Timothy J. Smith, 43, of Mobile, Alabama, was sentenced to 18 months’ imprisonment late Wednesday afternoon in the United States District Court in Pensacola on charges of theft of trade secrets and interstate extortionate communications. Lawrence Keefe, United States Attorney for the Northern District of Florida, announced the sentencing today.
During the trial, a jury received evidence that Smith was a software engineer in Mobile, Alabama. StrikeLines, the victim in the case, is a Pensacola based company that uses commercial side scan sonar equipment to locate fishing reefs in the Gulf of Mexico and sells the coordinates using an interactive map on their website. StrikeLines also provides public coordinates for free to those interested in finding valuable spots to fish in the Gulf.
The evidence showed that between April and November 2018, Smith obtained private information valued at hundreds of thousands of dollars from the local company by using sophisticated cyber techniques in order to gain the trade secrets and decrypt information of the company from its website. After hearing how Smith stole private sonar coordinates of reefs, the
jury received testimony and exhibits showing how Smith then tried to extort the two owners of StrikeLines for more valuable information. During this entire time, the victims did not know Smith’s identity or why he was trying to harm them. Federal and state law enforcement were able to trace all the criminal acts back to Smith in Mobile where he committed the cyber theft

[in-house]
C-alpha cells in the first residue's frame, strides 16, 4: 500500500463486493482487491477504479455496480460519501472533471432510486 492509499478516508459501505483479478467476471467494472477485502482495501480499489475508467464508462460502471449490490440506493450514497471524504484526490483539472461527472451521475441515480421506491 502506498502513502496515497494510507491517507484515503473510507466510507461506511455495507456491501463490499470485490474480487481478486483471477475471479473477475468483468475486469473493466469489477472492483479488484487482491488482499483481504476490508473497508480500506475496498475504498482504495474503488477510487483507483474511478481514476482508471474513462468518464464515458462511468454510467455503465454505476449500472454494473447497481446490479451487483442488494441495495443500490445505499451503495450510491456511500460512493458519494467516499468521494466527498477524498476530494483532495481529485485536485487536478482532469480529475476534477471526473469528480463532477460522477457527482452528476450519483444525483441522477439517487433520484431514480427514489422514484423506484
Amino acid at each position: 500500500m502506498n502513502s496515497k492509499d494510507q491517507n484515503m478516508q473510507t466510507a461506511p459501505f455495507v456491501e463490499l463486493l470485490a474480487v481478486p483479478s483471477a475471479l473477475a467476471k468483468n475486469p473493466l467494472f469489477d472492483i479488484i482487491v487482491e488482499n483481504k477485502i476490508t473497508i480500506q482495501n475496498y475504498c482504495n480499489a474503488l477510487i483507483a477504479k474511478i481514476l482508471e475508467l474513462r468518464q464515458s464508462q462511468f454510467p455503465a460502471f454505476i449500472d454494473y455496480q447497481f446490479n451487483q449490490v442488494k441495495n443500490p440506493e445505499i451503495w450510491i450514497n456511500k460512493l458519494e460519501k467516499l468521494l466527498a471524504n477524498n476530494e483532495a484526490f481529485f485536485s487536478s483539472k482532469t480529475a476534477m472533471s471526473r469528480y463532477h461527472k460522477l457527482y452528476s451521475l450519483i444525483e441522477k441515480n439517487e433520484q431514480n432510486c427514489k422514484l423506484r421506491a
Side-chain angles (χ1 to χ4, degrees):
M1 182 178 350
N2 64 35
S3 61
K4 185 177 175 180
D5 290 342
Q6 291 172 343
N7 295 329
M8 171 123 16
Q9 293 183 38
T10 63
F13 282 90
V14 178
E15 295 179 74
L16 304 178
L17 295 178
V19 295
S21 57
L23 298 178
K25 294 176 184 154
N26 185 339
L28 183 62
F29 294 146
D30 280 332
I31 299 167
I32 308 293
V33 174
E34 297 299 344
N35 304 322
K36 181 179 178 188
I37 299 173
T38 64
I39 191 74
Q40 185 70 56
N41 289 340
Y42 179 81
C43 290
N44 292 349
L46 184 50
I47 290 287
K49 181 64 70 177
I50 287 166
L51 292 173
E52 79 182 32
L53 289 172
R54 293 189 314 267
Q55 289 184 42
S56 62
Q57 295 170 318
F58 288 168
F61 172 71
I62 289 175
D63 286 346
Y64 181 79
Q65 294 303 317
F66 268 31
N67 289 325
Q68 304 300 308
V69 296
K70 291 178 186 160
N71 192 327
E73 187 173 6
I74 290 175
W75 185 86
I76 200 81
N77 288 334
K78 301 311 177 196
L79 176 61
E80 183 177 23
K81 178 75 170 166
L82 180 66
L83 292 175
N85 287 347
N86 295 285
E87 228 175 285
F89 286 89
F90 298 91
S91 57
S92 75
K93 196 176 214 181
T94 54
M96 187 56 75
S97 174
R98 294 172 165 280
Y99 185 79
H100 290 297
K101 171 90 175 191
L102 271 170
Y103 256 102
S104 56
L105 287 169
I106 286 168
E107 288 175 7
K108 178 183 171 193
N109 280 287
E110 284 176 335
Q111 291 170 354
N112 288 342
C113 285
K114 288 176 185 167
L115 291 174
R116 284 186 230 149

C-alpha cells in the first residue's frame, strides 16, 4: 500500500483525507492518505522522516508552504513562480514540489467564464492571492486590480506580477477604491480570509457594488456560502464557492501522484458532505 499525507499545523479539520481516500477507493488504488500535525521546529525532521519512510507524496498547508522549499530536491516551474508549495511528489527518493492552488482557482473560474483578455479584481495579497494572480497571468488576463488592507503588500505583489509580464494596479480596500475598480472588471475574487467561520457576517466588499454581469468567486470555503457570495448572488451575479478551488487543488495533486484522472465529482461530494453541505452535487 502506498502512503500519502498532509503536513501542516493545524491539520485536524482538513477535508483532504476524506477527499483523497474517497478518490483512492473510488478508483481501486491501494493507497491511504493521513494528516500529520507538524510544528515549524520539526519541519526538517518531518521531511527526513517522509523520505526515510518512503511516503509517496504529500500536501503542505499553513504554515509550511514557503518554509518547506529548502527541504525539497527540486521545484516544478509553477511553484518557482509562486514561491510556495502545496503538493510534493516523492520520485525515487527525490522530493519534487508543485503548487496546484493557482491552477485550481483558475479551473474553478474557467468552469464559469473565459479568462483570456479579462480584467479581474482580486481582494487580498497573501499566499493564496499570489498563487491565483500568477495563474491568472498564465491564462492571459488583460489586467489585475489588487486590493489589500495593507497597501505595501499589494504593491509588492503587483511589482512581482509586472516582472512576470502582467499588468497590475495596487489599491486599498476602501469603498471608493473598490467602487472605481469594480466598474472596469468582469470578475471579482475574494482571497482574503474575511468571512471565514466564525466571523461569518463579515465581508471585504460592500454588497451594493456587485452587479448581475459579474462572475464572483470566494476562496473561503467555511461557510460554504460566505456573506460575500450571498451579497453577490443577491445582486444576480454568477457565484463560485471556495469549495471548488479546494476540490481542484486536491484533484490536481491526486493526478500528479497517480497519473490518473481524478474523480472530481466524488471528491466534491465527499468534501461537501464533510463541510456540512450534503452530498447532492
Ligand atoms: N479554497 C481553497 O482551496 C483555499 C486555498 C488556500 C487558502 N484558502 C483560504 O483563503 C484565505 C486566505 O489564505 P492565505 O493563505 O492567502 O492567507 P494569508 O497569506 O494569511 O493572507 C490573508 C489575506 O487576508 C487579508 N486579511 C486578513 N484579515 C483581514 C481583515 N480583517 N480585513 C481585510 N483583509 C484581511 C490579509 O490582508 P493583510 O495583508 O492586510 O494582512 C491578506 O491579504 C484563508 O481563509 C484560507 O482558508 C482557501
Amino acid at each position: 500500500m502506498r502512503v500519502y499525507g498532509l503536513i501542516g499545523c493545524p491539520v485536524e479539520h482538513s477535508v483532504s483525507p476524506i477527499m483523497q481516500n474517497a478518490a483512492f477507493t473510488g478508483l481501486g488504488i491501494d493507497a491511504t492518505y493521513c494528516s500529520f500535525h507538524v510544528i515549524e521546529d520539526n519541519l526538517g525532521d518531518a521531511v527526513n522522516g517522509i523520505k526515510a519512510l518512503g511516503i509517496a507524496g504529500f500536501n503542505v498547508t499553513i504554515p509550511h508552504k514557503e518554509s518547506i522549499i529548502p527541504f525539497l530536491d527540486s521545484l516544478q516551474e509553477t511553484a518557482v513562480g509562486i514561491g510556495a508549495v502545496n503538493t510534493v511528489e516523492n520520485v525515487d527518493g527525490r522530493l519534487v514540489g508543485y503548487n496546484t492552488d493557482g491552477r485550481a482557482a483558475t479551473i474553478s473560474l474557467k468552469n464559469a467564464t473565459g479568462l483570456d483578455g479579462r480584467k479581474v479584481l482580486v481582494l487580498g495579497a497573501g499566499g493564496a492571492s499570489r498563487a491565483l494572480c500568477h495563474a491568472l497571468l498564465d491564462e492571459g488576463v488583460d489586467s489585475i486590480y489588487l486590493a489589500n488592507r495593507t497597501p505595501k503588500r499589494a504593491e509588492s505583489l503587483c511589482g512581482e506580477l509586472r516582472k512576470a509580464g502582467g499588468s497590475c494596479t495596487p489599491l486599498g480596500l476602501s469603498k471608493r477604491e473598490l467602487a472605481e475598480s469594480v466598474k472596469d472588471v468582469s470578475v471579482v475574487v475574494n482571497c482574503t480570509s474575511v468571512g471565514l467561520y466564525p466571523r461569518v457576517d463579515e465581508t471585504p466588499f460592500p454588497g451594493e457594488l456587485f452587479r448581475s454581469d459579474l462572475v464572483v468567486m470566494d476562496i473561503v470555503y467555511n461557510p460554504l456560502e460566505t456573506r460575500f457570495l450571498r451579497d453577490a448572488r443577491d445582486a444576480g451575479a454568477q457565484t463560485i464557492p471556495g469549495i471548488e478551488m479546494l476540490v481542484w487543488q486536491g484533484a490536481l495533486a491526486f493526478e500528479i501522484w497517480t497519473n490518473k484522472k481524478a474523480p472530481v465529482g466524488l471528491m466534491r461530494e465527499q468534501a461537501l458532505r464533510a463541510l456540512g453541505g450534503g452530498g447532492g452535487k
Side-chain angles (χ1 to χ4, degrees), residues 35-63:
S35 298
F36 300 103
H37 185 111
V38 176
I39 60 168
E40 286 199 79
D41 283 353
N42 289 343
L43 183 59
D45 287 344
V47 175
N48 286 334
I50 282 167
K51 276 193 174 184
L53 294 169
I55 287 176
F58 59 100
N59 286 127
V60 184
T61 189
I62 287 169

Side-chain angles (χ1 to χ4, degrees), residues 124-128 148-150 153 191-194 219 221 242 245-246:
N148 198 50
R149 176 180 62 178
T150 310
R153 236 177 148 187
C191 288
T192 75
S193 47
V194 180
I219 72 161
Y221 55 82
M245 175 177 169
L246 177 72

against the Pensacola company.
At sentencing, United States District Judge M. Casey Rodgers announced that she thought Smith’s acts were based upon “spite” and “arrogance.” In addition to his term of imprisonment, Judge Rodgers sentenced Smith to a one-year term of supervision once released from custody. Smith was also ordered to forfeit all the electronic devices he utilized to commit his crimes.
“The U.S. Attorney’s Office takes very seriously cyber crimes of all kinds, ranging from protecting our national security to the secrets of private companies,” said U.S. Attorney Keefe. “In our increasingly online society, cyber security is vital to all of us as we conduct Internet transactions and conversations so that we can be confident our identities and personal
information are protected. Our office is pleased that the jury held the defendant to account for
victimizing a small local business.”
“This is the first time we’ve investigated a case like this and it most likely won’t be the last,” said FDLE Pensacola Special Agent in Charge Jack Massey. “I applaud our FDLE agents and the U.S. Attorney’s Office for always working to stay at the forefront of technology and one step ahead of the bad guys.”
This case resulted from an investigation by the Florida Department of Law Enforcement, the Federal Bureau of Investigation, and the Escambia County Sheriff’s Office. Assistant United States Attorney David L. Goldberg prosecuted the case.
“Trade secrets are the cornerstone of American innovation and a driver of the nation’s economy,” said Rachel L. Rojas, Special Agent in Charge of the FBI Jacksonville Division. “When a corporation invests in developing new products and processes, the theft of those developments is a clear threat to that company’s future. The FBI will continue to work vigorously alongside our partners at FDLE and the U.S. Attorney’s Office to combat intellectual property theft and bring those responsible to justice.”